This week, the people of Europe will mark the 30-year commemoration, on 9 November 1989, of the fall of the Berlin Wall, a totemic event in the history of our continent. Europeans will commemorate the winds of freedom, which blew away a wall, and with it, an ideology that relied on the restriction of individual rights and freedoms to sustain it.
As a man who grew up under the yolk of this unfreedom, I will forever remember the corruption of the state apparatus, hidden behind a single party, which assumed the right to speak and make decisions on behalf of the people.
Many will remember the barbed wire, concrete and weapons that were the shame of our divided continent. It is the solemn duty of those who lived through these times to pass these memories, and the lessons we have learnt, on to a younger generation of Europeans today. For the reality is that, in the aftermath of the Second World War, totalitarian regimes in Eastern Europe instigated a silent, physical and moral war against their own people.
Let us not forget the dark side of our past, nor disregard the considerable progress we have made.
We honour those who suffered and struggled against tyranny behind the Berlin Wall. However, we will also commemorate thirty years of peace and reconciliation in a country, Germany, and through it, in an entire continent. The winter of 1989 sowed the seeds of a European spring, which today allows us to live, to work and coexist in one great area of freedom.
The European Union of today is far from perfect and we have a duty to transform it, but it is too easy to forget that the European Union is primarily a project of unification and a phenomenally successful peace project. There is much to do, but let us not forget the dark side of our past, nor disregard the considerable progress we have made.
While recalling our past, now is the time to plan for a future together in which any remaining East-West divisions are healed and disparities eliminated. Our collective goal should be to build a solid foundation for a more united Europe, which is more democratic, a Union that prioritises citizens, involving the peoples from East to West, in a collective project of renewal with enhanced legitimacy.
Pro-Europeans have a duty to fight with determination against all the attempts of some illiberal rulers and political parties to return to the suffocating tyranny of the past, by defending the liberal democratic structures built in Central and Eastern Europe, following the collapse of the Berlin Wall.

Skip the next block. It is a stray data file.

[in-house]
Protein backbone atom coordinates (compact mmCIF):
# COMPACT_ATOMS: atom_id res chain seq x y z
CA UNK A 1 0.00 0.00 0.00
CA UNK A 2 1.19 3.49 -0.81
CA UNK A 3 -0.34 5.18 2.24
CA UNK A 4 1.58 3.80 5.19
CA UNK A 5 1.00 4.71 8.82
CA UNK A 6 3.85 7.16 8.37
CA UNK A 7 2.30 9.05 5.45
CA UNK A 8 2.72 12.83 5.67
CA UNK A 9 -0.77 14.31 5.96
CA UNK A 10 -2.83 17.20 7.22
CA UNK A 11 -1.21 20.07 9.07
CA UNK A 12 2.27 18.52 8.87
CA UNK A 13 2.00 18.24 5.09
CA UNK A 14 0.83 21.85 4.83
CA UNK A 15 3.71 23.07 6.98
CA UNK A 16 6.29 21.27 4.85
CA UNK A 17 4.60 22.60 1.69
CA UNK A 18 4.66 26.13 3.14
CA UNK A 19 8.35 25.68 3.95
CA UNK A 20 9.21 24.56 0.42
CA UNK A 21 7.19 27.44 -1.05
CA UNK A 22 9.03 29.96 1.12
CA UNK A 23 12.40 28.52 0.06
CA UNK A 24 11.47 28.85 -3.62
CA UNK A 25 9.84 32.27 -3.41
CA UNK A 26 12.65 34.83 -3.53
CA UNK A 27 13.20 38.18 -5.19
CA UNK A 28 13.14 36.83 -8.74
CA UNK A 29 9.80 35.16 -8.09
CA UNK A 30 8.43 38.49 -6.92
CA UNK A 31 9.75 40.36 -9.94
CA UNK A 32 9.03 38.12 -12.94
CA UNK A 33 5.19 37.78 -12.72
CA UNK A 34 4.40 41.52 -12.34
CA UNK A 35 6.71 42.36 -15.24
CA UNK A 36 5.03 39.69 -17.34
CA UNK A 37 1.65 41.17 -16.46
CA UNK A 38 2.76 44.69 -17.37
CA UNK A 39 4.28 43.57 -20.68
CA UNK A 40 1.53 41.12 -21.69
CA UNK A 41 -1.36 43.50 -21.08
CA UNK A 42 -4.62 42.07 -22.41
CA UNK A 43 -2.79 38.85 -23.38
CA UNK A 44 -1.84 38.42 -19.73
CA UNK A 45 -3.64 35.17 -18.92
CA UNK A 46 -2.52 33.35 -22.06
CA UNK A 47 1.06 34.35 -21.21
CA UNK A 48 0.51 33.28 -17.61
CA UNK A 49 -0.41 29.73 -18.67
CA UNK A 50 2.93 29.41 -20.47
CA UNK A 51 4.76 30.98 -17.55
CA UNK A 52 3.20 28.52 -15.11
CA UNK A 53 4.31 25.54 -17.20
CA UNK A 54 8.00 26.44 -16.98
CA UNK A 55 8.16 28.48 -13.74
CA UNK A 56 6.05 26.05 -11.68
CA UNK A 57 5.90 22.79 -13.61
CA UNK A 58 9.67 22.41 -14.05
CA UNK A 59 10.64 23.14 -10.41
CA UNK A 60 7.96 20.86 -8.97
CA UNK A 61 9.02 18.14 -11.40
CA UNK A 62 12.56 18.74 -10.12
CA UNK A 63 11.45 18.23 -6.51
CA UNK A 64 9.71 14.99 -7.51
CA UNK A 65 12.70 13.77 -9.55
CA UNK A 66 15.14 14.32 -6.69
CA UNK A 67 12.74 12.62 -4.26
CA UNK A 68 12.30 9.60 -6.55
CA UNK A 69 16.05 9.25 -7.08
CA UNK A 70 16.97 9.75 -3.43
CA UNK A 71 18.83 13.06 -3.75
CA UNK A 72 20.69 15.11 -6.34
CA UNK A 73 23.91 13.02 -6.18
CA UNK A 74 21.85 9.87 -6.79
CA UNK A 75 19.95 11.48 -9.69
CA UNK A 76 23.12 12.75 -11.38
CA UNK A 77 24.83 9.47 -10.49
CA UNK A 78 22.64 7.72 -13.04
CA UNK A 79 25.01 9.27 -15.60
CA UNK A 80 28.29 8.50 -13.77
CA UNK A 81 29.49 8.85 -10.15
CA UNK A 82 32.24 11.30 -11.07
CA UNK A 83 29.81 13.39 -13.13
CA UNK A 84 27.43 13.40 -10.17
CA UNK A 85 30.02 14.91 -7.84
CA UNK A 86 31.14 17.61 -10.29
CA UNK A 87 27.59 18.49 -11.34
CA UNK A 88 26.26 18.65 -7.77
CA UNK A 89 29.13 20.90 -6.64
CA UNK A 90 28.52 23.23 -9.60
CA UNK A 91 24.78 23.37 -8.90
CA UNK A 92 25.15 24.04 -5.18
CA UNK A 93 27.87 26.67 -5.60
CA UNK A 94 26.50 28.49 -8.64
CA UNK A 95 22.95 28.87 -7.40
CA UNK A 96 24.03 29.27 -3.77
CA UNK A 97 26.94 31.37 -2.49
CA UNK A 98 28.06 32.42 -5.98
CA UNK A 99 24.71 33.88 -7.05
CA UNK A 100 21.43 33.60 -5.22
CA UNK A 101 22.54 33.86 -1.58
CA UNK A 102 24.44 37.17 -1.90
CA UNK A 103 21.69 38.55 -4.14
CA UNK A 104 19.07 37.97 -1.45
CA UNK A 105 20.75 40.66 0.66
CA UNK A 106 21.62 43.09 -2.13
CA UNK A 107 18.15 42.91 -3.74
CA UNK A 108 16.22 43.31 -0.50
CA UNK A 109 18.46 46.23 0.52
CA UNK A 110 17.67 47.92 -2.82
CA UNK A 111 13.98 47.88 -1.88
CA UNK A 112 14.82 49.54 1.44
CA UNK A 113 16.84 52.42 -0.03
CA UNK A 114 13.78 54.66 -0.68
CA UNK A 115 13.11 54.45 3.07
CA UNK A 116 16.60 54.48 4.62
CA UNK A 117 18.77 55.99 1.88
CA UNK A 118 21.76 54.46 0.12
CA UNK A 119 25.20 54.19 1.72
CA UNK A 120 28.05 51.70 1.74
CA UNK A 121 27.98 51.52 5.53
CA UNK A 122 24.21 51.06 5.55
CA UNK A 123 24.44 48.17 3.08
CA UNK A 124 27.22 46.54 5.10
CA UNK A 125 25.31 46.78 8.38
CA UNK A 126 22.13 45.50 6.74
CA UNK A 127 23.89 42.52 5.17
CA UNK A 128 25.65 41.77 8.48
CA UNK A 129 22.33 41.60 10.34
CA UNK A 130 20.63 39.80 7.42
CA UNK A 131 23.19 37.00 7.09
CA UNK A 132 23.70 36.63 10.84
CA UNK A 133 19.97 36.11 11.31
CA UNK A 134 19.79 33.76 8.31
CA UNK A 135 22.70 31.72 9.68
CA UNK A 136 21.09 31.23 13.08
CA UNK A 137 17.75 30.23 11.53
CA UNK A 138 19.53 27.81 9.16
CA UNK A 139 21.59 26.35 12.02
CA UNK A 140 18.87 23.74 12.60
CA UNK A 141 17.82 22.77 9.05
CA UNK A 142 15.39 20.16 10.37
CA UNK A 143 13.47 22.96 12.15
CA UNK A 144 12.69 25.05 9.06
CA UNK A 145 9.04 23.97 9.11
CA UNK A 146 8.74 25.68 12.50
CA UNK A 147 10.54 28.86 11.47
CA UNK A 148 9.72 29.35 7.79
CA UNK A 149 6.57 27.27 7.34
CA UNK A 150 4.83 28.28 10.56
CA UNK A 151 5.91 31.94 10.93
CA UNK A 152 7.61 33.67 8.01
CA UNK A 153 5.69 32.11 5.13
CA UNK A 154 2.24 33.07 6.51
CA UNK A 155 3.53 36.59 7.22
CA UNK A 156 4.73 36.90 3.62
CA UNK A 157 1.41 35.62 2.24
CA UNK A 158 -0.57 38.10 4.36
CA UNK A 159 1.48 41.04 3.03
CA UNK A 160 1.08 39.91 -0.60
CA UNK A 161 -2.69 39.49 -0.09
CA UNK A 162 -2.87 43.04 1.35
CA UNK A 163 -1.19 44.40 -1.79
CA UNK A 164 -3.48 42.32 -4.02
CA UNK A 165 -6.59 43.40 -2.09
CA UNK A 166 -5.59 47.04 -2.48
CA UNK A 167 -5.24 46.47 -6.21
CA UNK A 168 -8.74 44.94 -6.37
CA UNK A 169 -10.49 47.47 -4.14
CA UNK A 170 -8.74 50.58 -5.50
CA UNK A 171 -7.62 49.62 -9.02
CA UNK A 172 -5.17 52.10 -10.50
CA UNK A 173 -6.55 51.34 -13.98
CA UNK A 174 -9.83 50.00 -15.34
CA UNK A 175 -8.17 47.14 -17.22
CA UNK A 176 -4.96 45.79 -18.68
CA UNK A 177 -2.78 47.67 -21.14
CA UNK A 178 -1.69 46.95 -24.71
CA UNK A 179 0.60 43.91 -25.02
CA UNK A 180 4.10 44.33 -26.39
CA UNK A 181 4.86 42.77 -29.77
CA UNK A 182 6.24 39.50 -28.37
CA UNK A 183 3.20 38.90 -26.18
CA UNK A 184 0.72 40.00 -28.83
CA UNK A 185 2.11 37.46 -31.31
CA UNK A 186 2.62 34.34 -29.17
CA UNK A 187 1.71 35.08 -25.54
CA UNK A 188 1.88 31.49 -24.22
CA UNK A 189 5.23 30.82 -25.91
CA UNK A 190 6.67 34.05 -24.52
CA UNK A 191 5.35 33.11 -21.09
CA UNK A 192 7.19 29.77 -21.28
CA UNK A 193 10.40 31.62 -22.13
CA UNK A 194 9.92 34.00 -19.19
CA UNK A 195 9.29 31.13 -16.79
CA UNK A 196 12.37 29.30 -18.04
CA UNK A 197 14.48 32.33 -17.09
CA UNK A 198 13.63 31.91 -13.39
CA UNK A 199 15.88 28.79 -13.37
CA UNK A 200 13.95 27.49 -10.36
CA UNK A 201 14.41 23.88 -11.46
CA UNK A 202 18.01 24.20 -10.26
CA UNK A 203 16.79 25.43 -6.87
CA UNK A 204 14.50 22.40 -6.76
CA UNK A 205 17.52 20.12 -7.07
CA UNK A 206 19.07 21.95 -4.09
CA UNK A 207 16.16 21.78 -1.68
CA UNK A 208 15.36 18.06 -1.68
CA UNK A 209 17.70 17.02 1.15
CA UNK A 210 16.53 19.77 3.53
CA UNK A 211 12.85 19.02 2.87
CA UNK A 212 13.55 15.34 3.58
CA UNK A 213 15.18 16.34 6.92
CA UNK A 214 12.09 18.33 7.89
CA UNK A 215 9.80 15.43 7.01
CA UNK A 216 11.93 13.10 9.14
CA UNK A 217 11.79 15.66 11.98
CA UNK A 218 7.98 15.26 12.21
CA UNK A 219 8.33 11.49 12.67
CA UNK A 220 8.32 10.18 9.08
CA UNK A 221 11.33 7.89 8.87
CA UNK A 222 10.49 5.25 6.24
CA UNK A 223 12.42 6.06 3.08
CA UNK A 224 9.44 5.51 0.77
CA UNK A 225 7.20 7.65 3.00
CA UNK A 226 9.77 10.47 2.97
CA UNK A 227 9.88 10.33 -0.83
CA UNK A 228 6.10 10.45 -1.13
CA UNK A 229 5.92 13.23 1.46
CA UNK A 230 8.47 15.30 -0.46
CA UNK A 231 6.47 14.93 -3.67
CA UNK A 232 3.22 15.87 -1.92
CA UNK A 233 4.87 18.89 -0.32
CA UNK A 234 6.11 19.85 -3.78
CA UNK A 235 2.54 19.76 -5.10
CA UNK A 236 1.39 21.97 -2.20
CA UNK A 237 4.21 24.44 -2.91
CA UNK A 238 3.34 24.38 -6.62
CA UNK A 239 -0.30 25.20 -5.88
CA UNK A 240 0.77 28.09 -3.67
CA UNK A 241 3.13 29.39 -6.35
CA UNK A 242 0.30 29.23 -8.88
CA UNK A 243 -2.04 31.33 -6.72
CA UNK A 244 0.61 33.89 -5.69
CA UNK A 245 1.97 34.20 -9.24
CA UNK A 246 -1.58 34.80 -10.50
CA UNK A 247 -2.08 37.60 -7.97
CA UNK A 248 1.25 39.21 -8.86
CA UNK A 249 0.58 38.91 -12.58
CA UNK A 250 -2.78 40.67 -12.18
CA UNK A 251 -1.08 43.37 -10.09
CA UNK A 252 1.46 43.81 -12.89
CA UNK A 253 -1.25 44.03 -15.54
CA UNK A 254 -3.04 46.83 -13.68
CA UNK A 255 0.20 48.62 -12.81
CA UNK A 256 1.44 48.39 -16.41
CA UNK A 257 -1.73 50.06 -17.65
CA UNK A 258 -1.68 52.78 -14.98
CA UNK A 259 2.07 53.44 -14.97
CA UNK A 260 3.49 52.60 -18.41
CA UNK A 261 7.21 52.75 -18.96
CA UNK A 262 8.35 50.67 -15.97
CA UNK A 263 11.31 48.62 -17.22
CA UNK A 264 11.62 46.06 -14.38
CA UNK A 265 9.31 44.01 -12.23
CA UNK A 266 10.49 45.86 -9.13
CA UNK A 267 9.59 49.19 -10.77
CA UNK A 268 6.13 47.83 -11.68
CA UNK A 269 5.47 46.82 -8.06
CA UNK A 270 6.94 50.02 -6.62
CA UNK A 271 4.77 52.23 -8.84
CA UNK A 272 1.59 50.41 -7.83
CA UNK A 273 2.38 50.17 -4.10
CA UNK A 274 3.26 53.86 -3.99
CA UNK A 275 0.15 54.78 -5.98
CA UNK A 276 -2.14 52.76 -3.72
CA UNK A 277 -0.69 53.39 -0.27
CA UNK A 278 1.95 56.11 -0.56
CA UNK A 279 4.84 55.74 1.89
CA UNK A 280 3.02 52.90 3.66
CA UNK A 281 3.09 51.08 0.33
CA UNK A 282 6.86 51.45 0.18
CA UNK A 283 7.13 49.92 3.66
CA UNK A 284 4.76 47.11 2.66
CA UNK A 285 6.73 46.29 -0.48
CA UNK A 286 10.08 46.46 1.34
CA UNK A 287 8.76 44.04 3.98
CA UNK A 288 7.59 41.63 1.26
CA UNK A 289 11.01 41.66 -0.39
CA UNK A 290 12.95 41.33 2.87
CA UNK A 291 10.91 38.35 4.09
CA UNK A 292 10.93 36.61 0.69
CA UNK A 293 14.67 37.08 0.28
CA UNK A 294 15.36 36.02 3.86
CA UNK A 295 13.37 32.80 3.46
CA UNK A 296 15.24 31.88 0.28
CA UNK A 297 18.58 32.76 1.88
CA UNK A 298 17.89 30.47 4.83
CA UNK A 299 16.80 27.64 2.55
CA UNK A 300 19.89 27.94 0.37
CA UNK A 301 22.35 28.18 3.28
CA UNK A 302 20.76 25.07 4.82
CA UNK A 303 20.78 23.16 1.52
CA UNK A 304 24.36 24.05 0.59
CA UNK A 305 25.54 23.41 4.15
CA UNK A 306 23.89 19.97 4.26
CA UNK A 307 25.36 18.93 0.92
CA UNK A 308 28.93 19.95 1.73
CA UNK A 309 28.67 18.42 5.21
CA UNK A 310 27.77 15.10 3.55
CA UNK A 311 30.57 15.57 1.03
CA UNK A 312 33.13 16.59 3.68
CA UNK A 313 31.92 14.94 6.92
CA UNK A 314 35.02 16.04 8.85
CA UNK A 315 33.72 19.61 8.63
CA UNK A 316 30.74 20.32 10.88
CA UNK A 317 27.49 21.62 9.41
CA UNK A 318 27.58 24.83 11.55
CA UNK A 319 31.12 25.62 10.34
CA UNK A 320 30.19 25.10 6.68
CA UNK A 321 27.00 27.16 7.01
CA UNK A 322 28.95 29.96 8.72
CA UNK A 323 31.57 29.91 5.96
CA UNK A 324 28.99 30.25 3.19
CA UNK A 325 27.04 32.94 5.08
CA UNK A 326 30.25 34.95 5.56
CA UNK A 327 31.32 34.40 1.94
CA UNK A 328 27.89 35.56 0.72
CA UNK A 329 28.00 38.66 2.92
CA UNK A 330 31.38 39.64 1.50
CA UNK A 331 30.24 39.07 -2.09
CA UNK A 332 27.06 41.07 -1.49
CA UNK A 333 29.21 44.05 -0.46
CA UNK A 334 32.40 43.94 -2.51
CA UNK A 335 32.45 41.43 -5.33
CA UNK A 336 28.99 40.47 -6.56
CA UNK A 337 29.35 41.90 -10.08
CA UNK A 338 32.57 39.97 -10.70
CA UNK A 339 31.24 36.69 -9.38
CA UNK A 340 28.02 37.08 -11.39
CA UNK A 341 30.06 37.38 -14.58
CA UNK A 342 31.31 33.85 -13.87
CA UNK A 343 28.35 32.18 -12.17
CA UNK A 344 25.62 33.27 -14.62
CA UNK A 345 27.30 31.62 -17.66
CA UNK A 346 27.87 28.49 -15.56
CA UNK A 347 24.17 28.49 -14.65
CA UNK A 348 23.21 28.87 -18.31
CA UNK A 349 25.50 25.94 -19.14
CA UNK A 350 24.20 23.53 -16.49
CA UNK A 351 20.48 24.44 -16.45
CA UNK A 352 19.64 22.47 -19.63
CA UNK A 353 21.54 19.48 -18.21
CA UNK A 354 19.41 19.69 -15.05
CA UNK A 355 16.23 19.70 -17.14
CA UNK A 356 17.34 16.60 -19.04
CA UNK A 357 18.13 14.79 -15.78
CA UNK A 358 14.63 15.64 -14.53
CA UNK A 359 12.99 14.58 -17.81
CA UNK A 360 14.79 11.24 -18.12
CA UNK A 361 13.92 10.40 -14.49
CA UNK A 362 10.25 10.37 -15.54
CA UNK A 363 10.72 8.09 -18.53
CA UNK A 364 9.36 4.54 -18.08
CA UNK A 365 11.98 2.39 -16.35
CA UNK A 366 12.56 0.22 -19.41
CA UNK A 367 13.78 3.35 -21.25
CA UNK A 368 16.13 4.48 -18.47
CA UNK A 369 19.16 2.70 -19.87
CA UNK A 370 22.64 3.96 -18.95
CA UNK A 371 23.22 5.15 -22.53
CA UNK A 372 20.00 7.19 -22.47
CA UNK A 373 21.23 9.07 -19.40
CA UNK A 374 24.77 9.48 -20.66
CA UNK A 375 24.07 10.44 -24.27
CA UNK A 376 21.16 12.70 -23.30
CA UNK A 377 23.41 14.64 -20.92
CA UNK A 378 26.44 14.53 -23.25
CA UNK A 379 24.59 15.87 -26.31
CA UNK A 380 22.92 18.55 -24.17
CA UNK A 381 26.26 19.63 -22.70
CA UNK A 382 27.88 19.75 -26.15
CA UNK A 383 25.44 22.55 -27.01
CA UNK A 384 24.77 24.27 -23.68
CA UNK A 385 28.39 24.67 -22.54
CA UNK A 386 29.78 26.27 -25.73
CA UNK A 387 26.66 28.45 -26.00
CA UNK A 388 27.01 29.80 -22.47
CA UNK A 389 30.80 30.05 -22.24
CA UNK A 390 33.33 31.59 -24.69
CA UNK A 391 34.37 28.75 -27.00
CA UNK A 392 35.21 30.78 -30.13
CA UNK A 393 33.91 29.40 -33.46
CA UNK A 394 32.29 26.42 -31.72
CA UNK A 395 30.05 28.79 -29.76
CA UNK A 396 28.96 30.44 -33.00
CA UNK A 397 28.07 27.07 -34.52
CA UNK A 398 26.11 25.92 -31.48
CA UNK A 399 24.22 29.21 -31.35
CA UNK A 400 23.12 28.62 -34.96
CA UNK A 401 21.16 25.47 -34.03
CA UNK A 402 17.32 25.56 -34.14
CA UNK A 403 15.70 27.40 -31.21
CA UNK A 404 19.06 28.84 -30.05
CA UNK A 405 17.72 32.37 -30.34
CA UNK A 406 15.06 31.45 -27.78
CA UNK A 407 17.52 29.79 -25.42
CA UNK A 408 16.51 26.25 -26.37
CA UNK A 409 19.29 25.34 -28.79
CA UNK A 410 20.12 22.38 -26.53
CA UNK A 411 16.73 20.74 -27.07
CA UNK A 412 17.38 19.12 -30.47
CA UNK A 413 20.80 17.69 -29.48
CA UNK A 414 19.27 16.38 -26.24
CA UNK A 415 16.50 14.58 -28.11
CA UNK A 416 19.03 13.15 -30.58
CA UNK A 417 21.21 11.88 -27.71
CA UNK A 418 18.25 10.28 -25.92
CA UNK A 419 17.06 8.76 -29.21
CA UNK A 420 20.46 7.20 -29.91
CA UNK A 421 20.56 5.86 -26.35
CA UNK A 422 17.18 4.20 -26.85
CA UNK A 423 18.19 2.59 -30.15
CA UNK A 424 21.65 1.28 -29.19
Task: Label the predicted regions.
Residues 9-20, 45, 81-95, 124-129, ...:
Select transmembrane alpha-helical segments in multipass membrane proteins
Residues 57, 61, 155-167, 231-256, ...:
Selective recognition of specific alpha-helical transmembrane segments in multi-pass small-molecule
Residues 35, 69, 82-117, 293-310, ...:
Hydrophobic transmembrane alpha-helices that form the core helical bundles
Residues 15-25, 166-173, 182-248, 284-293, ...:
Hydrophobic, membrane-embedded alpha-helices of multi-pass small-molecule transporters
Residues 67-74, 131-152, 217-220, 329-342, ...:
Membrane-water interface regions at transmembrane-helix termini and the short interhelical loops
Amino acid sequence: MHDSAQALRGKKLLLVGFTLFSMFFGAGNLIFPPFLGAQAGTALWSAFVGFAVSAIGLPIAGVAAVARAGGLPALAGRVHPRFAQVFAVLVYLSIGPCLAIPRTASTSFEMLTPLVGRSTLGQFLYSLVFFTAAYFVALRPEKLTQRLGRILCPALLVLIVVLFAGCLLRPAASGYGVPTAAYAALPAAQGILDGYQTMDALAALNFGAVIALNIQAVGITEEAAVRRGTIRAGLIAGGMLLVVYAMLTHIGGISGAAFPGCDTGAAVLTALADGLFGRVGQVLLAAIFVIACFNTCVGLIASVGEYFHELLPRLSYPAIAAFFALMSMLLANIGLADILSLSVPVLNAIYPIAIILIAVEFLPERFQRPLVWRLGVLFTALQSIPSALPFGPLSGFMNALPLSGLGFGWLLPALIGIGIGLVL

Our European democracies are fragile and cannot be taken for granted; liberal democracy must be fought for. Exposed to emerging nationalist and clientilistic movements, both external and within our borders, are exploiting social media and using disinformation techniques to polarise our communities and question received wisdoms.
This is why the fight against fake news and the manipulation of information must be an integral part of our digital strategy. We know that there are powerful tools on which authoritarian powers invest, distorting the progress that has been made.
The European Union of today must better protect its citizens from physical weapons, but also from the weaponisation of ideologies that impede freedom, limit creativity and aim to stir up hatred rather than promote empathy and cohesion.
Attacks on the rule of law and political freedom, as we have seen in Hungary, must be firmly combated. We must be resolute and make clear that it is unacceptable to see Government-led investigations against an opposition political party, aimed at intimidating and deterring any opposition, in the Europe of 2019. Opposition movements, like Momentum, are fighting back, despite constant harassment, and building, systematically, a solid alternative to Viktor Orbán’s Fidesz party and they need our support.
Thirty years after the fall of the Berlin Wall, let us commemorate those who gave their lives to win their freedom. We celebrate our achievements since and the freedoms, peace, we have secured. However, let us not stand idly and watch as undemocratic forces unpick these, by undermining our hard won freedoms.
In response to the obvious limitations in the functioning of our the European Union institutions, let’s roll up our sleeves and launch a Europe-wide conference on our shared future, involving EU citizens, in order to lay the foundations of a progressive and inclusive new European project.
Dacian Cioloş is the former prime minister of Romania and the president of the Renew Europe Group in the European Parliament.